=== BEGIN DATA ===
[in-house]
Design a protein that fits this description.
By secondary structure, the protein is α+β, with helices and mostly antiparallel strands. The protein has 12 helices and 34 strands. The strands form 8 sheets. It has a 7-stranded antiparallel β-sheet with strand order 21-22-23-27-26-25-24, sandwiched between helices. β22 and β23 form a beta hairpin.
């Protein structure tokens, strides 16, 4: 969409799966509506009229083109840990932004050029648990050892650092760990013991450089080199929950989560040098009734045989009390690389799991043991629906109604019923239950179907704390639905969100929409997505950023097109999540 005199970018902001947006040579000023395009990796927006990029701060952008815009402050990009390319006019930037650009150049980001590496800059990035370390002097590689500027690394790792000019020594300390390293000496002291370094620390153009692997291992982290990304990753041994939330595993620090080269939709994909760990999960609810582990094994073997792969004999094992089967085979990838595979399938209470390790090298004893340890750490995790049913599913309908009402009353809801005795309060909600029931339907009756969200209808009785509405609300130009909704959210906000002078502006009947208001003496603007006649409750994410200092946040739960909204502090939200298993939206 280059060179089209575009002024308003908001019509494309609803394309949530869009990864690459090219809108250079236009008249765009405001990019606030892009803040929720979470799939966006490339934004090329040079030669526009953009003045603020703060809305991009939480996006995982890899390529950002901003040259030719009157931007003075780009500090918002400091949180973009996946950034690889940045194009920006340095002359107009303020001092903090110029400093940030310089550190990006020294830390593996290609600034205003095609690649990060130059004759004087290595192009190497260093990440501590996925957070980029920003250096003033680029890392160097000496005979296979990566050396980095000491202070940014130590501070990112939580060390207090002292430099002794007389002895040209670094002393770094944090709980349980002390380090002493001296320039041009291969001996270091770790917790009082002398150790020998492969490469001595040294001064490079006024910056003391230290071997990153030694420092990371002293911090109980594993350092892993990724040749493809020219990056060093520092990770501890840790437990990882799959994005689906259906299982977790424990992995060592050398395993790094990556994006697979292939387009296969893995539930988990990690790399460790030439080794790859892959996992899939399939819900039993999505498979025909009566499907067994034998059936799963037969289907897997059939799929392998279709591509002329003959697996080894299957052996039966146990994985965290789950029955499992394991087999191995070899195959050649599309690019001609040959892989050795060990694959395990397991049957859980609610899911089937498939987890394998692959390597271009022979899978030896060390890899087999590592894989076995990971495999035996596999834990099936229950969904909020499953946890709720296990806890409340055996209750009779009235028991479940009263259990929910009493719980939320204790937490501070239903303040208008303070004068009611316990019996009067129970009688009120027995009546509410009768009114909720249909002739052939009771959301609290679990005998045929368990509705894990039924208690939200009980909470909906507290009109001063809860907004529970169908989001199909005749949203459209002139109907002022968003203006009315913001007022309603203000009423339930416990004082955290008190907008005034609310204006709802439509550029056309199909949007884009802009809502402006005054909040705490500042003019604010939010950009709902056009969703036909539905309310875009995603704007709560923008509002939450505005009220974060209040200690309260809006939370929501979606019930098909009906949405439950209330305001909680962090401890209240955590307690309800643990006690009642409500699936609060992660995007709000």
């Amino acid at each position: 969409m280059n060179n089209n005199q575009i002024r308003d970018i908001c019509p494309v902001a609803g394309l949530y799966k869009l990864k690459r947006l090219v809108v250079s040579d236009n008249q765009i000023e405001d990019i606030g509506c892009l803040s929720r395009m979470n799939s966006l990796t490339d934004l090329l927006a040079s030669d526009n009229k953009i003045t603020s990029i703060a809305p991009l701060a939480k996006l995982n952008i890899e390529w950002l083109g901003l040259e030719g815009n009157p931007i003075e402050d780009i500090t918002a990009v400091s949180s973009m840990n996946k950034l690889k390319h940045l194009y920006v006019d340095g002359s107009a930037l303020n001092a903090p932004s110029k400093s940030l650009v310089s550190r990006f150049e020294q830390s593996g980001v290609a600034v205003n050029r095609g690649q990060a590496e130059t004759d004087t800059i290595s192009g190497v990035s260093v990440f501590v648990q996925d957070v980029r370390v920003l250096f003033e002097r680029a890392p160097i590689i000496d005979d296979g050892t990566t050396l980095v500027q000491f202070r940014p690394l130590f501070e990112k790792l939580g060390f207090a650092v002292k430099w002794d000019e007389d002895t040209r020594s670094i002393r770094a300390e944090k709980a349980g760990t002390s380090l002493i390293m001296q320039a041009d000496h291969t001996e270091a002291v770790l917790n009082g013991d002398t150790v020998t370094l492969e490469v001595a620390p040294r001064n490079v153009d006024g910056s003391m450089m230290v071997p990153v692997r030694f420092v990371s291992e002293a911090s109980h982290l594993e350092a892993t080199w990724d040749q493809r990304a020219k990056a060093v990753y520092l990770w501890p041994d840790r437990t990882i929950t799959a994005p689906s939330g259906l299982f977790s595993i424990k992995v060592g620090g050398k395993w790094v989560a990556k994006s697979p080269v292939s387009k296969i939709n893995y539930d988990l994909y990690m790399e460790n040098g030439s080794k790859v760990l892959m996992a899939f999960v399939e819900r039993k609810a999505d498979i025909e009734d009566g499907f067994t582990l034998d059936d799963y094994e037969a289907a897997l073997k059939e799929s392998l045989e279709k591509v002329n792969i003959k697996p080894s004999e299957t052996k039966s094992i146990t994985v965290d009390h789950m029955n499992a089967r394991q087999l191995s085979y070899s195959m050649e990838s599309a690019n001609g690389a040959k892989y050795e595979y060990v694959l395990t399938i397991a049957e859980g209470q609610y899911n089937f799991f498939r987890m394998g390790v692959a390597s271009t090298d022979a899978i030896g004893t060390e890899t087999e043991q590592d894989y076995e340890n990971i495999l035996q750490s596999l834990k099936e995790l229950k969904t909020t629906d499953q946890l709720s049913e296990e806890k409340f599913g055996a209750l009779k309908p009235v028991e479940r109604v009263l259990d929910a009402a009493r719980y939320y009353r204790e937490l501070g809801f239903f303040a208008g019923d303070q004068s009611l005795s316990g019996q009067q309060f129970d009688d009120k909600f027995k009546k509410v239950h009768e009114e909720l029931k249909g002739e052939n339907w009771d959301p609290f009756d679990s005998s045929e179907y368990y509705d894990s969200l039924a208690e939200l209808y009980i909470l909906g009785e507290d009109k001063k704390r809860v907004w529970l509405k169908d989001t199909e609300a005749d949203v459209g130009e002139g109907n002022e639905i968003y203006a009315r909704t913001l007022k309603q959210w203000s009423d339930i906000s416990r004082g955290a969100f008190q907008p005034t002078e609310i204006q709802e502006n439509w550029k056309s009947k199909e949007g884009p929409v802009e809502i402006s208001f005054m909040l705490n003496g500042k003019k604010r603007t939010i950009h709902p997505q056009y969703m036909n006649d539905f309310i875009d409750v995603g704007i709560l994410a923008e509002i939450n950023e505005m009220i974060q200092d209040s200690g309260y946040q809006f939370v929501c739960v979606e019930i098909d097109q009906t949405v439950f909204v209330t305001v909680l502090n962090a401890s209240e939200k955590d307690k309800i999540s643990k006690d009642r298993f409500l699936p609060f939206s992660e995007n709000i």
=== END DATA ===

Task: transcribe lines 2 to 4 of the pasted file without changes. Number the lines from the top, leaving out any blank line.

Design a protein that fits this description.
By secondary structure, the protein is α+β, with helices and mostly antiparallel strands. The protein has 12 helices and 34 strands. The strands form 8 sheets. It has a 7-stranded antiparallel β-sheet with strand order 21-22-23-27-26-25-24, sandwiched between helices. β22 and β23 form a beta hairpin.
């Protein structure tokens, strides 16, 4: 969409799966509506009229083109840990932004050029648990050892650092760990013991450089080199929950989560040098009734045989009390690389799991043991629906109604019923239950179907704390639905969100929409997505950023097109999540 005199970018902001947006040579000023395009990796927006990029701060952008815009402050990009390319006019930037650009150049980001590496800059990035370390002097590689500027690394790792000019020594300390390293000496002291370094620390153009692997291992982290990304990753041994939330595993620090080269939709994909760990999960609810582990094994073997792969004999094992089967085979990838595979399938209470390790090298004893340890750490995790049913599913309908009402009353809801005795309060909600029931339907009756969200209808009785509405609300130009909704959210906000002078502006009947208001003496603007006649409750994410200092946040739960909204502090939200298993939206 280059060179089209575009002024308003908001019509494309609803394309949530869009990864690459090219809108250079236009008249765009405001990019606030892009803040929720979470799939966006490339934004090329040079030669526009953009003045603020703060809305991009939480996006995982890899390529950002901003040259030719009157931007003075780009500090918002400091949180973009996946950034690889940045194009920006340095002359107009303020001092903090110029400093940030310089550190990006020294830390593996290609600034205003095609690649990060130059004759004087290595192009190497260093990440501590996925957070980029920003250096003033680029890392160097000496005979296979990566050396980095000491202070940014130590501070990112939580060390207090002292430099002794007389002895040209670094002393770094944090709980349980002390380090002493001296320039041009291969001996270091770790917790009082002398150790020998492969490469001595040294001064490079006024910056003391230290071997990153030694420092990371002293911090109980594993350092892993990724040749493809020219990056060093520092990770501890840790437990990882799959994005689906259906299982977790424990992995060592050398395993790094990556994006697979292939387009296969893995539930988990990690790399460790030439080794790859892959996992899939399939819900039993999505498979025909009566499907067994034998059936799963037969289907897997059939799929392998279709591509002329003959697996080894299957052996039966146990994985965290789950029955499992394991087999191995070899195959050649599309690019001609040959892989050795060990694959395990397991049957859980609610899911089937498939987890394998692959390597271009022979899978030896060390890899087999590592894989076995990971495999035996596999834990099936229950969904909020499953946890709720296990806890409340055996209750009779009235028991479940009263259990929910009493719980939320204790937490501070239903303040208008303070004068009611316990019996009067129970009688009120027995009546509410009768009114909720249909002739052939009771959301609290679990005998045929368990509705894990039924208690939200009980909470909906507290009109001063809860907004529970169908989001199909005749949203459209002139109907002022968003203006009315913001007022309603203000009423339930416990004082955290008190907008005034609310204006709802439509550029056309199909949007884009802009809502402006005054909040705490500042003019604010939010950009709902056009969703036909539905309310875009995603704007709560923008509002939450505005009220974060209040200690309260809006939370929501979606019930098909009906949405439950209330305001909680962090401890209240955590307690309800643990006690009642409500699936609060992660995007709000």